Thaddeus McCotter



This plan has three serious flaws which we always reject.  First, it uses general funds to subsidize the Social Security system.  There is no reason that any taxpayer who cannot collect from Social Security should be asked to pay a penny into it.  If the system is a failure - it needs to fail on its own.  Second, this plan contains guarantees of personal investments.  This is the free risk that caused the 2008 financial crisis.  Subsidizing risk is bad economic policy.  Third, it creates a significant benefit for a sub-set of Americans.  If you are 50, you get the benefits.  If you are 51 you will pay for them. 

How Does It Work?

The government will put money into the privatizied accounts of younger workers with the believe that private accoutns will outpace the cost of funds.  The government will borrow the money, or cut other government spending to finance the private accounts.  This plan works as long as the investment returns outpace the cost of funds.  If this sounds familiar, it is because it is exactly what Bear Stearns did believing that mortgage-backed bonds would outpace the cost of funds.


This plan improves the nation's capital allocation.  Yes this is a bad idea, but it is a much worse idea to have Social Security invested in a single asset class which has enjoyed a 30 year bull market.


This plan will increase the size of the benefits package.  The plan is so generous that the Chief Actuary assumed for his study that 100% of the eligible workers would accept the deal.  We suspect that the benefit increase is substantial enough to induce more workers and employers to join the system.  Clearly as benefits go up, the barrier to participation goes down.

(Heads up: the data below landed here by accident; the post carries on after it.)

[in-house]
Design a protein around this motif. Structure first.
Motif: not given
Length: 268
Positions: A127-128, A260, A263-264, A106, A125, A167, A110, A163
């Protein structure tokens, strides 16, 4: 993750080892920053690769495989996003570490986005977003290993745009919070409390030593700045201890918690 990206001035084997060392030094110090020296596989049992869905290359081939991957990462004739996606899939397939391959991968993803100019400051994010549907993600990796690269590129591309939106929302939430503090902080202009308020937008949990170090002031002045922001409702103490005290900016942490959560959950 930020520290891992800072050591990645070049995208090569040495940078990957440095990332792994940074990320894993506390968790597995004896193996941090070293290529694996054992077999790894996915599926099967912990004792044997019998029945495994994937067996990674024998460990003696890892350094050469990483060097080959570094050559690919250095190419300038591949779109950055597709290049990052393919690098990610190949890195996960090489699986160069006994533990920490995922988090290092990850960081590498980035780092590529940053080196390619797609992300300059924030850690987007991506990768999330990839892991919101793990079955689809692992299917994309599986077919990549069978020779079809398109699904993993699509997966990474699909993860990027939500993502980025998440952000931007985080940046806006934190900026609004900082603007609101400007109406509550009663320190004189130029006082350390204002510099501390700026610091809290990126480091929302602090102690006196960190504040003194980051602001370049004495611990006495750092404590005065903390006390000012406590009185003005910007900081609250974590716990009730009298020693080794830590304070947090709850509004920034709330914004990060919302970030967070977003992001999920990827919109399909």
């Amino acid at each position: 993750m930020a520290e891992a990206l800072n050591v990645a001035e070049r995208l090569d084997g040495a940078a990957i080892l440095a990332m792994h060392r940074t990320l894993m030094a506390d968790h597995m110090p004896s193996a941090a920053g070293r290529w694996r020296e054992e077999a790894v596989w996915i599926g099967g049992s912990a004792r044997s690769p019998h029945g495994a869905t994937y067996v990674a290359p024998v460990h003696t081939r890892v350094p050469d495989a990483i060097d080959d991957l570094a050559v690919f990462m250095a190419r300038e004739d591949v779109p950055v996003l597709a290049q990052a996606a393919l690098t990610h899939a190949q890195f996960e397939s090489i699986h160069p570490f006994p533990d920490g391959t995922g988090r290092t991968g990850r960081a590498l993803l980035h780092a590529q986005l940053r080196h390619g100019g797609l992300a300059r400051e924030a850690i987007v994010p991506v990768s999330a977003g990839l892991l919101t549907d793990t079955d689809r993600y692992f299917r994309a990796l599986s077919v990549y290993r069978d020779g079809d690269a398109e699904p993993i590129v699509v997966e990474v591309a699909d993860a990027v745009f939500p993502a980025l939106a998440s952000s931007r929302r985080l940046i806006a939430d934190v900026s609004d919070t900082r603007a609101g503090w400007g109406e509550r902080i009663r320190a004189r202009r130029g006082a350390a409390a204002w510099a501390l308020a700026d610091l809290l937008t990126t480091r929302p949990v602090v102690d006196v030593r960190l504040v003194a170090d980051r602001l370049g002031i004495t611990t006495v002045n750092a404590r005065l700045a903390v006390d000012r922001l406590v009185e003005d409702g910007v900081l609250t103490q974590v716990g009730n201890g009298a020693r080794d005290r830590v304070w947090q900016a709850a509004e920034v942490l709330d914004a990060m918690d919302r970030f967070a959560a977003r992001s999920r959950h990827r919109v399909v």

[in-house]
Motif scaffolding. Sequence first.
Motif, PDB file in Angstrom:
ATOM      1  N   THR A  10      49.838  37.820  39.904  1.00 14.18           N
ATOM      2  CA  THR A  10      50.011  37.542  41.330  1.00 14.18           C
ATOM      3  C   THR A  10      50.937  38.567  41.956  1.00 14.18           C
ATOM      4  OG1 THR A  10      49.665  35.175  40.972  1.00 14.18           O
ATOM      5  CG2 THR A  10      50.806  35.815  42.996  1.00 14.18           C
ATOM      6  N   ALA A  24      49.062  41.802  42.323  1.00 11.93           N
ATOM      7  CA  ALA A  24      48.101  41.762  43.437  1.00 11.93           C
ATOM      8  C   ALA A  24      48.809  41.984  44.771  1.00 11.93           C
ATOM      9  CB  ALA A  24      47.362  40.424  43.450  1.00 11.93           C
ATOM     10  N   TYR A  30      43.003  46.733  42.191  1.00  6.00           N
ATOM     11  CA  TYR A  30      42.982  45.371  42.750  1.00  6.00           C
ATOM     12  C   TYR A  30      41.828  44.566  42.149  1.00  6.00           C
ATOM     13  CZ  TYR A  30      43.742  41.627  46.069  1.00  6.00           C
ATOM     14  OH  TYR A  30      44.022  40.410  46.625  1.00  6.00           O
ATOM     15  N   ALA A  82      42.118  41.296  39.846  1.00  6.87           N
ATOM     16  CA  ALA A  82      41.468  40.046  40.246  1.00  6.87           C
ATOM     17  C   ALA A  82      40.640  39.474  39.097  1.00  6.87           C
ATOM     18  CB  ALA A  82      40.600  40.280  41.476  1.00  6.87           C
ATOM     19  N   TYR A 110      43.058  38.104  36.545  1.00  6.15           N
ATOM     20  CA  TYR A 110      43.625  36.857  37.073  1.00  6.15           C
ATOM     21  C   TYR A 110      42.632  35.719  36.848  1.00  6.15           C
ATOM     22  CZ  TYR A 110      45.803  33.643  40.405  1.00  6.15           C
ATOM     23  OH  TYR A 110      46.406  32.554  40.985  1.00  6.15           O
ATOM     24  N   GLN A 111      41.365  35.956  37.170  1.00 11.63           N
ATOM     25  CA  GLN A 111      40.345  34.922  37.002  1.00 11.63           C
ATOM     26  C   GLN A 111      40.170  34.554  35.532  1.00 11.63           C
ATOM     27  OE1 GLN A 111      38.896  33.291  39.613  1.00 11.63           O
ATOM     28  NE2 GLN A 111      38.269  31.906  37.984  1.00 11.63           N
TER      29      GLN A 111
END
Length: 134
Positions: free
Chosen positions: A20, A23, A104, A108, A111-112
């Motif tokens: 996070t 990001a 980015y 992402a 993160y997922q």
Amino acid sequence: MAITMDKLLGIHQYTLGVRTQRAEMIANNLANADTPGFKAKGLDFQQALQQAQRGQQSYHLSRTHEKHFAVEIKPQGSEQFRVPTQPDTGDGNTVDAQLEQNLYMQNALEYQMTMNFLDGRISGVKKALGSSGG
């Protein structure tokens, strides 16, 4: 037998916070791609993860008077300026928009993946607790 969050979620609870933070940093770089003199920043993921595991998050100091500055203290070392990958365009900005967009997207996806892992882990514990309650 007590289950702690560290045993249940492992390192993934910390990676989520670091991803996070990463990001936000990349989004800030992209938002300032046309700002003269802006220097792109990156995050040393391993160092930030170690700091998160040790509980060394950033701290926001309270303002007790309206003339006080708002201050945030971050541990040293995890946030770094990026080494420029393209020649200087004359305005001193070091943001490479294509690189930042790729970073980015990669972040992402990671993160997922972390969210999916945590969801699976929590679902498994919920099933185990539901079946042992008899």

The plan guarantees the private investment of workers.  This guarantees that the money will float to the most risky assets allowed.  Once the question of risk is considered the government will intervene on behalf of the safety and soundness of the system.  Snap, crackle, and pop you will  have a government agency set-up to protect retirement savings that will do just as well as Freddie and Fannie did at promoting the housing market.

We always oppose using general funds to support Social Security.  There are millions of tax payers who are not part of Social Security - and there is no reason that they should be asked to support a failed system.


Supporters of this plan have made statements about debt reduction.  This plan has no debt reduction in it.  In fact, this plan shifts cost-savings from wasteful government programs from actual debt reduction to life support for Social Security. 

McCotter's website says :  "The Social Security Chief Actuary CONFIRMED the bill will save Social Security without raising taxes or lowering benefits".  The bill will keep taxes the same, and lower the amount of government in return.  That is a tax increase, one paid by many Americans who have no stake in Social Security.

McCotter's website says :  "The Social Security Chief Actuary CONFIRMED the bill will save Social Security without raising taxes or lowering benefits".   That isn't exactly what the Chief Actuary says.  The letter says that the cost of the guarantees which covers 50% of the total benefits is unknown so they are treated as zero.  Basically Social Security is fine, but this plan may bankrupt the nation instead of Social Security.

Open Questions

What is the assumed rate of return of private accounts?

What are the government programs that will be cut in order to support Social Security?

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